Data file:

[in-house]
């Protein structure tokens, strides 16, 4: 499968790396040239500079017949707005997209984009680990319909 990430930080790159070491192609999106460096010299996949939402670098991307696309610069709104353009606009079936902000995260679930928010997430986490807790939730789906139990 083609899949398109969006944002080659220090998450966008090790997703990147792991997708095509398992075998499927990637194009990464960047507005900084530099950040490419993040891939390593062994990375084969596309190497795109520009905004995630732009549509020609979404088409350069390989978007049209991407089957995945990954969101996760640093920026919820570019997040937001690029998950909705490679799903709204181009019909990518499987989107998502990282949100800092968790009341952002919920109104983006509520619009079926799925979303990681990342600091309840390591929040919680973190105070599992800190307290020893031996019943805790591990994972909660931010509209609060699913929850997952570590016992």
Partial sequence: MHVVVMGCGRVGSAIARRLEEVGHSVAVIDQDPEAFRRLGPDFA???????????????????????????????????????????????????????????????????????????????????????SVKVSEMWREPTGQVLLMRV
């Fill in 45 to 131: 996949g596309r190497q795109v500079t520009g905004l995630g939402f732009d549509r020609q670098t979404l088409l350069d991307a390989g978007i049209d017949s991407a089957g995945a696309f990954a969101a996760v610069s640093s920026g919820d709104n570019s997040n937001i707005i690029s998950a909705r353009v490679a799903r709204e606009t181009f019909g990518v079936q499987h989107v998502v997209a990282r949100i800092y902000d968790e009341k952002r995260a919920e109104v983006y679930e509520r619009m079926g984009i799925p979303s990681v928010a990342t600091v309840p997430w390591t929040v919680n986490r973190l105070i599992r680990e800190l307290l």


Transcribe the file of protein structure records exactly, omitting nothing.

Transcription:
[in-house]
């Protein structure tokens, strides 16, 4: 499968790396040239500079017949707005997209984009680990319909 990430930080790159070491192609999106460096010299996949939402670098991307696309610069709104353009606009079936902000995260679930928010997430986490807790939730789906139990 083609899949398109969006944002080659220090998450966008090790997703990147792991997708095509398992075998499927990637194009990464960047507005900084530099950040490419993040891939390593062994990375084969596309190497795109520009905004995630732009549509020609979404088409350069390989978007049209991407089957995945990954969101996760640093920026919820570019997040937001690029998950909705490679799903709204181009019909990518499987989107998502990282949100800092968790009341952002919920109104983006509520619009079926799925979303990681990342600091309840390591929040919680973190105070599992800190307290020893031996019943805790591990994972909660931010509209609060699913929850997952570590016992």
Partial sequence: MHVVVMGCGRVGSAIARRLEEVGHSVAVIDQDPEAFRRLGPDFA???????????????????????????????????????????????????????????????????????????????????????SVKVSEMWREPTGQVLLMRV
């Fill in 45 to 131: 996949g596309r190497q795109v500079t520009g905004l995630g939402f732009d549509r020609q670098t979404l088409l350069d991307a390989g978007i049209d017949s991407a089957g995945a696309f990954a969101a996760v610069s640093s920026g919820d709104n570019s997040n937001i707005i690029s998950a909705r353009v490679a799903r709204e606009t181009f019909g990518v079936q499987h989107v998502v997209a990282r949100i800092y902000d968790e009341k952002r995260a919920e109104v983006y679930e509520r619009m079926g984009i799925p979303s990681v928010a990342t600091v309840p997430w390591t929040v919680n986490r973190l105070i599992r680990e800190l307290l």